Monday, October 06, 2008


Gary and the kids and I watched a Nova video on the origins of various physics theories today. This one was entitled "Einstein's Big Idea". These videos are quite well done, with lots of attention paid to personal lives of the various physicists, making them all the more appealing to those of us who do not get excited about the mere mention of words like "atomic mass" and "Anthropic Principle". It occurred to me that this was a brilliant way to humanize these often unapproachable greats and somehow make their theories more interesting. In fact, I was rather amused to note how many flirtatious conversations between male and female researchers were peppered with discussions of mass versus motion versus energy. Who knew photons could be erotic?

Near the end of the video, as the narrator was summing up the moment in which Einstein went from being a lowly patent clerk to a great theorist, we also learned that he divorced his wife of several years just when he was finally becoming successful. This was the wife who'd lived with him during his leanest years, who'd encouraged him to pursue his passion when he considered giving up, who had dropped her own education to raise their child.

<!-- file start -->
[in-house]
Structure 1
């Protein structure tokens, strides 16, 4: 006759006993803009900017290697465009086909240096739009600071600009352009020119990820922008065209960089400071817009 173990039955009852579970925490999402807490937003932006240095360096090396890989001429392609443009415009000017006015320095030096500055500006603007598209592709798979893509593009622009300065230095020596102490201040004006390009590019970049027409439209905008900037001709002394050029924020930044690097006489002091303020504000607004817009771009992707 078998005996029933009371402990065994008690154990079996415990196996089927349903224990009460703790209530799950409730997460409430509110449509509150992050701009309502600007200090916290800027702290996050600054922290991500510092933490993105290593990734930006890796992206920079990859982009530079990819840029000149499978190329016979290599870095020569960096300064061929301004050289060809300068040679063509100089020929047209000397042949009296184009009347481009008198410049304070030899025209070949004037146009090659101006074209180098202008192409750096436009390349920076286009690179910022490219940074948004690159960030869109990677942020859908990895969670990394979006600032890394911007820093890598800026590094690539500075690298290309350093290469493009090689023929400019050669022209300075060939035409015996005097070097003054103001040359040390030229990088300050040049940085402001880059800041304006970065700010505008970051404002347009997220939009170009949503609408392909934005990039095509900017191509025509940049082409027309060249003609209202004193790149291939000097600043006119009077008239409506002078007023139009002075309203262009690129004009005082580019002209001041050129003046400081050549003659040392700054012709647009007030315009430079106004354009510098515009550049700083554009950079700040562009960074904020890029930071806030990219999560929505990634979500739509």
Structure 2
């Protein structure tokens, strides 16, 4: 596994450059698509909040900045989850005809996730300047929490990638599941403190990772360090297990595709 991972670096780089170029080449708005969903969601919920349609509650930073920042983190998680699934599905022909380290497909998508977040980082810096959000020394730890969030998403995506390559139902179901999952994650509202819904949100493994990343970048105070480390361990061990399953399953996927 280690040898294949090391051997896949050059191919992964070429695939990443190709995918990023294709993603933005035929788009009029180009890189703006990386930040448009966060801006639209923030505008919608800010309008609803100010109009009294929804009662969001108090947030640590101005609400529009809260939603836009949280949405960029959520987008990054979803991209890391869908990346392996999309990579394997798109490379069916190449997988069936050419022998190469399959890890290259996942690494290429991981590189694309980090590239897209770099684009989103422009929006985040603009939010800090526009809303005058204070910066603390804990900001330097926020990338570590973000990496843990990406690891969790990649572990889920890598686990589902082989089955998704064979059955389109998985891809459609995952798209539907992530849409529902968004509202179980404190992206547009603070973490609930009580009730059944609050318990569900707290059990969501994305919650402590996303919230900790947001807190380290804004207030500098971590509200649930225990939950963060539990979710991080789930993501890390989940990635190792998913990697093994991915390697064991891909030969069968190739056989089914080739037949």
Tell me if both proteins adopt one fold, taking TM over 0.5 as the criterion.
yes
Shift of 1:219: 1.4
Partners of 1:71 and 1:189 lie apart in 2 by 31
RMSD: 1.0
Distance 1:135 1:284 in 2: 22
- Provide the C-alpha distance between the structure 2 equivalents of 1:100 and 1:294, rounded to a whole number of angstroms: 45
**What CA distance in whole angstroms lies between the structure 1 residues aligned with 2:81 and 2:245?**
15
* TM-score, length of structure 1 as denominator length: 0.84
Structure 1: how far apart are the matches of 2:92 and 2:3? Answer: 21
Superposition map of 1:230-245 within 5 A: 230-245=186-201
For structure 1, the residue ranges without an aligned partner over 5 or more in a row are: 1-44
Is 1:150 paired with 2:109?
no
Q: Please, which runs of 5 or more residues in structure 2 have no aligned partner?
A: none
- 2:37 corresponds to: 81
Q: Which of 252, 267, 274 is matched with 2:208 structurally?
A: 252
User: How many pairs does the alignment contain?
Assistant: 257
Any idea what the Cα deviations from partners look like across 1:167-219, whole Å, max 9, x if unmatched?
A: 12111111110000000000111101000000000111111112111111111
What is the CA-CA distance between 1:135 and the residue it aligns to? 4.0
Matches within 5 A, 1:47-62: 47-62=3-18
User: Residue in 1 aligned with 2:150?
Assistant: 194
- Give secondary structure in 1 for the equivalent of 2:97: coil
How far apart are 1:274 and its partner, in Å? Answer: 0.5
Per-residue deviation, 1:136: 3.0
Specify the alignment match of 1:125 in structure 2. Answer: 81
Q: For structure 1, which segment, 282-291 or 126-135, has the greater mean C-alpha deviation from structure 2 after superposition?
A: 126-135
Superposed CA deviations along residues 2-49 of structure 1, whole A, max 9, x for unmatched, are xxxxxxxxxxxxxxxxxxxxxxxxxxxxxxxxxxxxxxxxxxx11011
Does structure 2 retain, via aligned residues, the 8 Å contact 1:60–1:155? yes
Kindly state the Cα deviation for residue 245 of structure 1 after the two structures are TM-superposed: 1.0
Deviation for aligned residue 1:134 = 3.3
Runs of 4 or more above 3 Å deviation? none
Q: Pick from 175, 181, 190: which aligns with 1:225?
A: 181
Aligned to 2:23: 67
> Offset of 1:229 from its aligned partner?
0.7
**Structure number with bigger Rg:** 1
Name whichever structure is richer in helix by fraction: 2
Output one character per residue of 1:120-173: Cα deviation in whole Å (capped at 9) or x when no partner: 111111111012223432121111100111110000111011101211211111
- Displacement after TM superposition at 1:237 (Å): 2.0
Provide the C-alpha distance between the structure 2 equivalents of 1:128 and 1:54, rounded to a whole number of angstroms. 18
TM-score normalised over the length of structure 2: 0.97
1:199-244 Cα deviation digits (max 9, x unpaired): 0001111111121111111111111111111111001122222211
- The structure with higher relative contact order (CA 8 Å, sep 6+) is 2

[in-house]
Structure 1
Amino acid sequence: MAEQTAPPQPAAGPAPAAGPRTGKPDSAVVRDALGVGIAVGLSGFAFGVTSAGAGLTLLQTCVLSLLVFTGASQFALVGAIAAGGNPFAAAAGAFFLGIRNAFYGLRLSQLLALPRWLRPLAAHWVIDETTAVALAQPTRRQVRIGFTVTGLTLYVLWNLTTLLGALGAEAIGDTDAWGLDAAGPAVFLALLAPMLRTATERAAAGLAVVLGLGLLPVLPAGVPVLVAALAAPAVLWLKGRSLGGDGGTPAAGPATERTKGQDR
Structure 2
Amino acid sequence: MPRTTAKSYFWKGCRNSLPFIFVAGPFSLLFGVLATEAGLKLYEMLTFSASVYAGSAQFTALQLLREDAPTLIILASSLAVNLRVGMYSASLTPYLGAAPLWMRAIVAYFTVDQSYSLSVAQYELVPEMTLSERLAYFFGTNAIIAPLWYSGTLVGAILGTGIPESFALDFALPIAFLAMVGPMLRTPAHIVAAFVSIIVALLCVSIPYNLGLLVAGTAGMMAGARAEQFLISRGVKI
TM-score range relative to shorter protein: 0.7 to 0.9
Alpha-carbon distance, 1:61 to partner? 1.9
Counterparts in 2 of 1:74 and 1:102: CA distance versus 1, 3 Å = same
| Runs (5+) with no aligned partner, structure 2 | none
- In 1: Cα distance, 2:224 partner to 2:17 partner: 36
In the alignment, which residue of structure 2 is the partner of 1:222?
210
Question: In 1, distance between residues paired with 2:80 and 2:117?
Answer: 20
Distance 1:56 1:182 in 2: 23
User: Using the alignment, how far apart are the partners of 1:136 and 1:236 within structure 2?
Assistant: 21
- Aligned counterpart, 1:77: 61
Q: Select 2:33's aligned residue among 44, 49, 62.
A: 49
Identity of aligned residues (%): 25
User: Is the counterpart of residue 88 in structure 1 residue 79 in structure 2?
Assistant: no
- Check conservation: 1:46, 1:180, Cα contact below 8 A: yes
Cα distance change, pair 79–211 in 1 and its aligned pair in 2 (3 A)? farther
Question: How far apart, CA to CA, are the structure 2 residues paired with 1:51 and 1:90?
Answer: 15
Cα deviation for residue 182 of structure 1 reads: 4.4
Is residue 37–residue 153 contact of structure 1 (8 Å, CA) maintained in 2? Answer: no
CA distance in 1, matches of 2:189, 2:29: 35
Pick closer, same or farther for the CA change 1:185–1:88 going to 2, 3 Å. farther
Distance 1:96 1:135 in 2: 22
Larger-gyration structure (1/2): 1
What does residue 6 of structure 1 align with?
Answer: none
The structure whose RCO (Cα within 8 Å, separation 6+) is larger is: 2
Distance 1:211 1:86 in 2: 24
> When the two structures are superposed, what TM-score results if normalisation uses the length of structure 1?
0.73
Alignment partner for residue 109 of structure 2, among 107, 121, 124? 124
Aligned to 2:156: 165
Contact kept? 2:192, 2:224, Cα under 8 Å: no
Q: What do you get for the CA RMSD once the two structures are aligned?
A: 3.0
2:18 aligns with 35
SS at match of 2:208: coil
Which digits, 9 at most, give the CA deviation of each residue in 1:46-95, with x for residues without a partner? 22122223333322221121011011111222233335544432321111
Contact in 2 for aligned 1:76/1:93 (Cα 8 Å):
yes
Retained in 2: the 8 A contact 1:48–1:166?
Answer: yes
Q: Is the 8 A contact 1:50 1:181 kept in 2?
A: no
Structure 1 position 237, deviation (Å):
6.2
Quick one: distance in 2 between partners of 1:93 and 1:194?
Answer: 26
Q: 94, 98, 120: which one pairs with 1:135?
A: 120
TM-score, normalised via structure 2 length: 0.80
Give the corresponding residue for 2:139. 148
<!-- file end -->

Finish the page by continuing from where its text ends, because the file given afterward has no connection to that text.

My sixteen year old, Daniel, who had been sprawled across the floor watching the video with rapt attention, sat up. "He left his wife? Why?"

"He liked someone else better," answered his Dad.

"Well, that was stupid!" said Joseph.

I agreed, much amused at their reactions.

Sam, my blond-headed, freckle-faced almost ten year son, who peers at the world through wire framed glasses muttered something.

"What?" I said.


Thinking I might have to have a conversation with him about language (a first in his case), I pressed him to repeat himself.

Sam sighed heavily. "I said Albert Einstein is a dummy-faced poopy-head."

There you have it folks. Albert Einstein, the discoverer of the theory of relativity, the man best associated with E=MC2, a man who wrote over 300 scientific works, is a poopy-head in my son's estimation.


Scotty said...

That's pure gold, Mary, relatively speaking of course.


jeanie said...

lol - gotta love that logic.

I read a fascinating book that you might want to look at, if you are interested in the humanity of such scientists - Einstein's Heroes does make it all very tangible.

Anonymous said...

Ha, that made me laugh out loud. Priceless.

Big Plain V said...

When somebody famous leaves their original spouse, I always lose a lot of respect for them. Like Garth Brooks.

It's a very public form of betrayal, and it shows weakness of character.

Stupid poopy-heads.

Pencil Writer said...

Watched the same, fascinating special and loved the historical thread winding through the lives of those "great minds." I, too, was blown away to learn of the divorce after all the trials.

Reminds me of a quote I've heard oft repeated: "No other success can compensate for failure in the home." Families successful families are essential to the success of the human race.

Mary Paddock said...

Scotty: :) Indeed.

Jeanie: Thank you. I'll look it up.

RH--Glad it made you laugh. It gave us a good chuckle too.

Ray--Very true. Us too.

PW--I love that quote. It seems like it should be cross-stiched on something.